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Hens Lay Drug Laden Eggs

PostPosted: Fri Jan 26, 2007 11:01 pm
by vet
26 Jan, 2007: Cancer and other life-threatening diseases could be prevented by eggs especially laid by a breed of genetically modified chickens, a breakthrough that could cut the cost of mass-producing drugs and potentially save millions of pounds of the National Health Service (NHS), a team of British scientists reported yesterday.
Researchers at the Roslin Institute near Edinburgh, where Dolly the sheep was cloned in 1997, have created the world's first breed of chicken genetically altered to lay eggs with medicinal properties that can be used to make life-saving drugs.
These trans-genic chickens produce the cancer drugs in their egg whites, said the study that published in January 15th issue of the Proceedings of the National Academy of Sciences.
Helen Sang, the leader of the Roslin team, said they genetically modified a flock of 500 ISA browns, a French breed of chicken, which is a cross between Rhode Island Red and Rhode Island White chickens, and can produce up to 300 eggs a year.
The Roslin team added human genes to the DNA of ISA Brown hens, enabling them to produce complex medicinal proteins. These human proteins are secreted into the whites of the birds' eggs, from which they can be extracted to produce drugs for humans.
Working with the biotechnology firm Viragen and the British biotech company Oxford BioMedica, Dr Sang found that all the egg whites from the hens contained miR24, a monoclonal antibody with potential for treating malignant melanoma and arthritis, and human interferon b-1a, an immune system protein from a family of proteins that attacks tumors and viruses.
It is really hard to develop these complex drugs in the lab. "Many human therapeutic proteins, such as monoclonal antibodies, are produced in industrial bioreactors, but setting up such systems is both time-consuming and expensive," the study said.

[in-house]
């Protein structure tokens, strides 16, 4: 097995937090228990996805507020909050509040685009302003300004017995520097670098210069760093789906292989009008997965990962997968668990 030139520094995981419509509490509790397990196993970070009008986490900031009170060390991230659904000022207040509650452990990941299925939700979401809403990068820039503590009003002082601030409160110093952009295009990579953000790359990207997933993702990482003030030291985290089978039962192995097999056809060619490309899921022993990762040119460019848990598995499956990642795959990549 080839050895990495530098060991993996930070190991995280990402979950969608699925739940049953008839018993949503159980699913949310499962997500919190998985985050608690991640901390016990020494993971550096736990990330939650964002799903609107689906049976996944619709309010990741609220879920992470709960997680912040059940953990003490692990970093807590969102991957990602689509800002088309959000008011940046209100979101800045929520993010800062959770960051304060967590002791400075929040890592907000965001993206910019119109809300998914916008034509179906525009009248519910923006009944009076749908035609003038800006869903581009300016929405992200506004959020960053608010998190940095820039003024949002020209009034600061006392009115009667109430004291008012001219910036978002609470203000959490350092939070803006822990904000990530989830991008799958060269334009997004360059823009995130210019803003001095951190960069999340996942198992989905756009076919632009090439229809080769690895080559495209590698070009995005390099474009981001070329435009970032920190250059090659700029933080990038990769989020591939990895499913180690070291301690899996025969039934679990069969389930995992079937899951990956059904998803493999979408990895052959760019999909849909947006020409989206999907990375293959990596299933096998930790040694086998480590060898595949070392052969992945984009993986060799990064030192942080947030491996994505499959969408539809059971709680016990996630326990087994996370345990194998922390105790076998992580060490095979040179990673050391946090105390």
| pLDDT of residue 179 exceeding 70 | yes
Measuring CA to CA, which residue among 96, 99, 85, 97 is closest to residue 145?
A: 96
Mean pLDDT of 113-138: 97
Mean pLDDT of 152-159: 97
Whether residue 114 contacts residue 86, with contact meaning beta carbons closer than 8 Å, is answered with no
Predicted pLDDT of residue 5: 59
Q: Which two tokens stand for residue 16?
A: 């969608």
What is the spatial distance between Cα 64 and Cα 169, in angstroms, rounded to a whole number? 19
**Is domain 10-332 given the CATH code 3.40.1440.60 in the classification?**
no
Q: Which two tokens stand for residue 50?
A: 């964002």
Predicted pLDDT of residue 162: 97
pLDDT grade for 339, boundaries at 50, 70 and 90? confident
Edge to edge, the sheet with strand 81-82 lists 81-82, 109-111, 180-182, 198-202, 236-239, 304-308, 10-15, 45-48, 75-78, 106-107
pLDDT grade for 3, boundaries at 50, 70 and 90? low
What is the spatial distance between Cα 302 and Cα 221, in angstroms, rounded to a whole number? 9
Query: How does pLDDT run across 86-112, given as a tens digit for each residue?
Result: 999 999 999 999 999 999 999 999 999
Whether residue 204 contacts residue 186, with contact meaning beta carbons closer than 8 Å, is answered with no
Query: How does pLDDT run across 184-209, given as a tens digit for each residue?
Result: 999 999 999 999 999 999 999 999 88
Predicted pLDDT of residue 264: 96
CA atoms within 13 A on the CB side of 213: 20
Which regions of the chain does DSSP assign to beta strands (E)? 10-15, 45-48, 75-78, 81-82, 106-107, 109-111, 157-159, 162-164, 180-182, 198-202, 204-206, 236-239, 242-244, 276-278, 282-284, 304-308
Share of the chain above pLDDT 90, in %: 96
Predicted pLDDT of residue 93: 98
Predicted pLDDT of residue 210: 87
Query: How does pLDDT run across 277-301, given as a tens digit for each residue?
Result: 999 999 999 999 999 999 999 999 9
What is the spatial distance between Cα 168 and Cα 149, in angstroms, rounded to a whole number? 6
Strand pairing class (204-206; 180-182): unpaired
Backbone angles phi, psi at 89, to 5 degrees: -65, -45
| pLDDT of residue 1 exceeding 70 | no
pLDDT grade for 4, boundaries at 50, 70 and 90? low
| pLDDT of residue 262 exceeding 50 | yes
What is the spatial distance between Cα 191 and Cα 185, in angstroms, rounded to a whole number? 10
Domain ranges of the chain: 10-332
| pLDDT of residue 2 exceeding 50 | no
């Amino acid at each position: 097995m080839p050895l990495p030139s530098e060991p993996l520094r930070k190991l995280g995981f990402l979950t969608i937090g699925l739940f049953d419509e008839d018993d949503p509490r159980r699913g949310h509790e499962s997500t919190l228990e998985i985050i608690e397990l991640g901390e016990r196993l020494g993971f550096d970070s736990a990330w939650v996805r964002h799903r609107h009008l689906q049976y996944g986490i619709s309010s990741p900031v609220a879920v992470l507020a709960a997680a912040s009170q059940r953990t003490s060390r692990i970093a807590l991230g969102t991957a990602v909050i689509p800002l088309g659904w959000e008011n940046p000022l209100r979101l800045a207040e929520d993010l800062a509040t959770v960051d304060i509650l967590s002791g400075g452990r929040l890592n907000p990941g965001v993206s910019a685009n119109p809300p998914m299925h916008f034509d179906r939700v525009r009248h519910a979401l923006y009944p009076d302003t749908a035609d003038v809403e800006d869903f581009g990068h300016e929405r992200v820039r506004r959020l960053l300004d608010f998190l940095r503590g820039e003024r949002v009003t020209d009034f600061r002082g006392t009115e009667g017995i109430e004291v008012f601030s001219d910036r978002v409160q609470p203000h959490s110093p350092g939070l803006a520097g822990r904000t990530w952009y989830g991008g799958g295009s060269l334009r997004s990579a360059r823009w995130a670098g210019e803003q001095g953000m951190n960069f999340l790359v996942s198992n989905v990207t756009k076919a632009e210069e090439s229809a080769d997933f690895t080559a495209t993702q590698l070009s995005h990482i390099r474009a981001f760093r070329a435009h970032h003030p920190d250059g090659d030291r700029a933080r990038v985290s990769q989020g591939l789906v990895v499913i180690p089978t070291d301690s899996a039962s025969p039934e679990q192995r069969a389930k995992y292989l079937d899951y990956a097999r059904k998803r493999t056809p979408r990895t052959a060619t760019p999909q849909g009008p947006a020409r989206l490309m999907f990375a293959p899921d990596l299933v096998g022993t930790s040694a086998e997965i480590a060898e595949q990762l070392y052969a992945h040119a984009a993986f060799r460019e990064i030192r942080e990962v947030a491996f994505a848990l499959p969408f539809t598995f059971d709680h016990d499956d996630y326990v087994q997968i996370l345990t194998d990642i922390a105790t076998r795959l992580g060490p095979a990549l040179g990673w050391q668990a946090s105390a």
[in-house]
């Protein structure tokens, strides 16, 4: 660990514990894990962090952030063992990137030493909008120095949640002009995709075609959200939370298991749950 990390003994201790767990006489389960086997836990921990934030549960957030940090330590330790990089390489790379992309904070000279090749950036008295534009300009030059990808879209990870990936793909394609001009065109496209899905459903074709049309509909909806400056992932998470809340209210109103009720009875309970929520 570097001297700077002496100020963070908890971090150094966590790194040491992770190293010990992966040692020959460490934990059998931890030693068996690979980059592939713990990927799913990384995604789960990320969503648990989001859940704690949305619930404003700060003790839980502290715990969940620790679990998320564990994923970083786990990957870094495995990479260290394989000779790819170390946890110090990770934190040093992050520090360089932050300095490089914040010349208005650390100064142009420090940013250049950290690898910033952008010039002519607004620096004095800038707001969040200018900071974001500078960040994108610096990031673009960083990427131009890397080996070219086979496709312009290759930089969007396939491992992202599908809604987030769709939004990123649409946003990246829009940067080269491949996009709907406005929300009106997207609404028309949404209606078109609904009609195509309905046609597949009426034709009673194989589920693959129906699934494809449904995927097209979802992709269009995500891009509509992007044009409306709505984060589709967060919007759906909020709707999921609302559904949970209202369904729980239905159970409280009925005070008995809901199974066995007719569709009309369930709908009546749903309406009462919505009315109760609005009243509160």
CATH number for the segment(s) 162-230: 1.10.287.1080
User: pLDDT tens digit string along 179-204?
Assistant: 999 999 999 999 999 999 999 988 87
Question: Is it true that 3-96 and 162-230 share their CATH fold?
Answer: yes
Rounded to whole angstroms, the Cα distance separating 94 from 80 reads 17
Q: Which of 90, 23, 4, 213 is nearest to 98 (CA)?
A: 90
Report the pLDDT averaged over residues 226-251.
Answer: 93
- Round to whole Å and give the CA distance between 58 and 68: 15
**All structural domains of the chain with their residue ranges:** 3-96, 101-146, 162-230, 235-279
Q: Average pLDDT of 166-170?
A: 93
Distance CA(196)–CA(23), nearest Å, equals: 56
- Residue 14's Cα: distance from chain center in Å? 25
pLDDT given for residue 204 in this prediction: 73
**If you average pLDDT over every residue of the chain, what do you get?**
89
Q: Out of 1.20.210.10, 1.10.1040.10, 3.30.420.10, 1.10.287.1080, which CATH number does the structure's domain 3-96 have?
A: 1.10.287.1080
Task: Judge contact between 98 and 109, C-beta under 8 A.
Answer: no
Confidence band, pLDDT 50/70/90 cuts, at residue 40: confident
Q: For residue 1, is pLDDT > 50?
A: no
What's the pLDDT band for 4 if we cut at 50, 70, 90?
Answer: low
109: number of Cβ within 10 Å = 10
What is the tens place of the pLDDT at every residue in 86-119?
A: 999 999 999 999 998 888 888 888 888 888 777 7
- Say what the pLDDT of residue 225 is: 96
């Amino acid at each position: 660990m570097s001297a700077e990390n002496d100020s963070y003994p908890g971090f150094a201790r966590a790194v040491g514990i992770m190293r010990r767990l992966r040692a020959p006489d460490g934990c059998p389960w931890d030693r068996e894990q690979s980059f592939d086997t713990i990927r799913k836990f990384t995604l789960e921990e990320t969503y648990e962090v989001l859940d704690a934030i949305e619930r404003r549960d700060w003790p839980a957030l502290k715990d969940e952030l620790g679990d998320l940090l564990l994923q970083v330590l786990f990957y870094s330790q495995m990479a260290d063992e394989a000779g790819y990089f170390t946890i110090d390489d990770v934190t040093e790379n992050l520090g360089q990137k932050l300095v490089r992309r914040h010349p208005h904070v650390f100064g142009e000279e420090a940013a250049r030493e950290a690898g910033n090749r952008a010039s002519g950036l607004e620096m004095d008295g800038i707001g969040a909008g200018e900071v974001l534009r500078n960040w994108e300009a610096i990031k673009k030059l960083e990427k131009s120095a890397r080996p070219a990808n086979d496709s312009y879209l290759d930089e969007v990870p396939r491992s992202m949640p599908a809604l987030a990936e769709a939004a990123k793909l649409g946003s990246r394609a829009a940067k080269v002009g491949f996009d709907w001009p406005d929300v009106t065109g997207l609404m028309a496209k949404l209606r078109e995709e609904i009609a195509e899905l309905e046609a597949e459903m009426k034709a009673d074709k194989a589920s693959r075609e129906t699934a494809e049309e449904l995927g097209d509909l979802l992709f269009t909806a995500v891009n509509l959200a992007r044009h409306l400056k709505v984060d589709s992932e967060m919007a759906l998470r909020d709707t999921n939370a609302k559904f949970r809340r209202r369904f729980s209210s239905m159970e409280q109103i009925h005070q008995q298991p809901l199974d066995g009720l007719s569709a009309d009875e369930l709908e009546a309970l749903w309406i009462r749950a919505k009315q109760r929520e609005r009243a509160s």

The Roslin scientists said that using farm animals to produce drugs is potentially faster, cheaper and more efficient than current industrial methods.
The team said that in their latest study, they had bred five generations of hens and each one had produced good concentrations of drugs. Theoretically, the technique could be used with a wide range of genes so that hens could produce many different drugs for a range of diseases, from Parkinson's to diabetes and other types of cancer, the researchers added.
"This is potentially a very powerful new way to produce specialized drugs," said Dr Karen Jervis of Viragen Scotland, a biotech company working with Roslin. "We have bred five generations of chickens so far and they all keep producing high concentrations of pharmaceuticals."
The research has opened the door for creating a potentially limitless, inexpensive source of medicinal proteins, observers assert.
NHS also hopes that such technologies will help it to slash its annual bill for prescription drugs which was £8 billion last year; an increase of 46% since 2000.